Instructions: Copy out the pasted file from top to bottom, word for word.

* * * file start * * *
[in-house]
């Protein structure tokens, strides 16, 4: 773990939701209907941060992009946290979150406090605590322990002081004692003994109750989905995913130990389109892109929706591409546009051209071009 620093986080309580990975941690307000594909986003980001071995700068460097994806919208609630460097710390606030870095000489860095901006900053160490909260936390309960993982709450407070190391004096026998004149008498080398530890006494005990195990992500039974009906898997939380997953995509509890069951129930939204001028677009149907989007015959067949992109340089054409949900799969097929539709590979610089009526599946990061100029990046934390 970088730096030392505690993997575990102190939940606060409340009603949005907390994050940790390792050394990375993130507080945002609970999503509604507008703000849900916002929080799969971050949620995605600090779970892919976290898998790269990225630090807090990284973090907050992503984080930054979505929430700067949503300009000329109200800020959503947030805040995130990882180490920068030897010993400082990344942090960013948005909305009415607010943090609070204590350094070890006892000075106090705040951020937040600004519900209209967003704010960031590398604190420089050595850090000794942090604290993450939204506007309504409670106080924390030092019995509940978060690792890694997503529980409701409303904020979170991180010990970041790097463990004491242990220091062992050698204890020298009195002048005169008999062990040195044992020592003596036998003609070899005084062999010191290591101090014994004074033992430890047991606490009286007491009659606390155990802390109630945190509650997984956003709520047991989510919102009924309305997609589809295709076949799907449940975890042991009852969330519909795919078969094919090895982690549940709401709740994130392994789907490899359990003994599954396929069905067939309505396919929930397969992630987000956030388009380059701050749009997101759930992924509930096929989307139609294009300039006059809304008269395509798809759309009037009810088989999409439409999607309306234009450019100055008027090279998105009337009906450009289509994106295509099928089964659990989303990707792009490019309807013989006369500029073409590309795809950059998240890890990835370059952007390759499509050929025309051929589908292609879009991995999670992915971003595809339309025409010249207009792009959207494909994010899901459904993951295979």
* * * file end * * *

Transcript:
[in-house]
């Protein structure tokens, strides 16, 4: 773990939701209907941060992009946290979150406090605590322990002081004692003994109750989905995913130990389109892109929706591409546009051209071009 620093986080309580990975941690307000594909986003980001071995700068460097994806919208609630460097710390606030870095000489860095901006900053160490909260936390309960993982709450407070190391004096026998004149008498080398530890006494005990195990992500039974009906898997939380997953995509509890069951129930939204001028677009149907989007015959067949992109340089054409949900799969097929539709590979610089009526599946990061100029990046934390 970088730096030392505690993997575990102190939940606060409340009603949005907390994050940790390792050394990375993130507080945002609970999503509604507008703000849900916002929080799969971050949620995605600090779970892919976290898998790269990225630090807090990284973090907050992503984080930054979505929430700067949503300009000329109200800020959503947030805040995130990882180490920068030897010993400082990344942090960013948005909305009415607010943090609070204590350094070890006892000075106090705040951020937040600004519900209209967003704010960031590398604190420089050595850090000794942090604290993450939204506007309504409670106080924390030092019995509940978060690792890694997503529980409701409303904020979170991180010990970041790097463990004491242990220091062992050698204890020298009195002048005169008999062990040195044992020592003596036998003609070899005084062999010191290591101090014994004074033992430890047991606490009286007491009659606390155990802390109630945190509650997984956003709520047991989510919102009924309305997609589809295709076949799907449940975890042991009852969330519909795919078969094919090895982690549940709401709740994130392994789907490899359990003994599954396929069905067939309505396919929930397969992630987000956030388009380059701050749009997101759930992924509930096929989307139609294009300039006059809304008269395509798809759309009037009810088989999409439409999607309306234009450019100055008027090279998105009337009906450009289509994106295509099928089964659990989303990707792009490019309807013989006369500029073409590309795809950059998240890890990835370059952007390759499509050929025309051929589908292609879009991995999670992915971003595809339309025409010249207009792009959207494909994010899901459904993951295979």